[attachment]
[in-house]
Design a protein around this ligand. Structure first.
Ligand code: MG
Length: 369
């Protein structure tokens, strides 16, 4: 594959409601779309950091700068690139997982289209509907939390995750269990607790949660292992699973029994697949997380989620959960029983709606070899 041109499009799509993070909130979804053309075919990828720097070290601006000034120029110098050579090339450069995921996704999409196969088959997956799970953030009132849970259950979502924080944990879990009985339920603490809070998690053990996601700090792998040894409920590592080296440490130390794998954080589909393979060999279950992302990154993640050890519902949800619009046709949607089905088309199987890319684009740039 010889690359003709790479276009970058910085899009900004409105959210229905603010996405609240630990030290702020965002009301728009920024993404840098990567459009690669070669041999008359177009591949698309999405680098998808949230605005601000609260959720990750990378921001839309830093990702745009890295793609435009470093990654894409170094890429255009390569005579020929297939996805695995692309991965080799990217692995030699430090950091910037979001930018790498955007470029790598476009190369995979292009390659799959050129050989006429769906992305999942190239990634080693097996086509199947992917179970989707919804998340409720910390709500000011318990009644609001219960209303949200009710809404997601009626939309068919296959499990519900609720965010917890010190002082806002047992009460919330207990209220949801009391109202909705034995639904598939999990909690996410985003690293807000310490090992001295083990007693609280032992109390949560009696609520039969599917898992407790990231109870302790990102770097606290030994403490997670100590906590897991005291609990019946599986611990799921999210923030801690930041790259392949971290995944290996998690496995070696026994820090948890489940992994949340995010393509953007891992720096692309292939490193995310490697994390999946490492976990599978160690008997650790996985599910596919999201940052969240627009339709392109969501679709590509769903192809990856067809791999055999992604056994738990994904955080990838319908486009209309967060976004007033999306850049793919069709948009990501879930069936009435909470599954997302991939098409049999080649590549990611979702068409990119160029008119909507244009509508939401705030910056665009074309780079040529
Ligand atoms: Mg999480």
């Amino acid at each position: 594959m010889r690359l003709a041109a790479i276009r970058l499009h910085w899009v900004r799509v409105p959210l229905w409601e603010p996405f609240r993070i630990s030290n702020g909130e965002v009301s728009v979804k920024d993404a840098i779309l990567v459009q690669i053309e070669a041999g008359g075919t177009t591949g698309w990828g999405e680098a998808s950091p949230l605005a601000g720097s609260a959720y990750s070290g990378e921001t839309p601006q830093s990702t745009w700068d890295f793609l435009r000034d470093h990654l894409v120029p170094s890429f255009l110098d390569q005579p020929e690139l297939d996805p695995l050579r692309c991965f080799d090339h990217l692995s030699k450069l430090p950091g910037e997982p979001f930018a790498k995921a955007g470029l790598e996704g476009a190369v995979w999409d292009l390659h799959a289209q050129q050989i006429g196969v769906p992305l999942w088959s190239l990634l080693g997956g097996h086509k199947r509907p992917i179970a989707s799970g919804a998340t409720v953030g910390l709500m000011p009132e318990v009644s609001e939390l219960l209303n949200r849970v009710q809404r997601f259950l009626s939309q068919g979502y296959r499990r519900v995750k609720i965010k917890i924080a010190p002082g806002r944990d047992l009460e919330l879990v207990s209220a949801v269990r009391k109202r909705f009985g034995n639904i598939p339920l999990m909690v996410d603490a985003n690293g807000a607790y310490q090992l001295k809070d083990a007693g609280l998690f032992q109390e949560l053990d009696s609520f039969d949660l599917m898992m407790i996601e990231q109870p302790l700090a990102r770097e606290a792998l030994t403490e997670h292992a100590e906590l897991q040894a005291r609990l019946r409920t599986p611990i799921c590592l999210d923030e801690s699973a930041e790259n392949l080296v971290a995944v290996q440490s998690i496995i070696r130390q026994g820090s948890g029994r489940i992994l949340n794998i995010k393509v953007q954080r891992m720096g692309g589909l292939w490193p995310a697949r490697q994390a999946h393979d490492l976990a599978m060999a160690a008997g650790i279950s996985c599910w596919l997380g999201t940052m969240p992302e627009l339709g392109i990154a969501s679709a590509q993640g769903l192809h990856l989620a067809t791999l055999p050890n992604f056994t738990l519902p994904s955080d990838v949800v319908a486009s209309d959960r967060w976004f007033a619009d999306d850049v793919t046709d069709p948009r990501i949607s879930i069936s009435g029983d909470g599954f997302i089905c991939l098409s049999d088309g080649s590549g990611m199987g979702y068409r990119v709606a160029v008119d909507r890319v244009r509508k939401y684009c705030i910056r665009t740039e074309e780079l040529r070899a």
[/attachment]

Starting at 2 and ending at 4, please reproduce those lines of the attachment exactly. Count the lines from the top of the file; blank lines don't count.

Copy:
Design a protein around this ligand. Structure first.
Ligand code: MG
Length: 369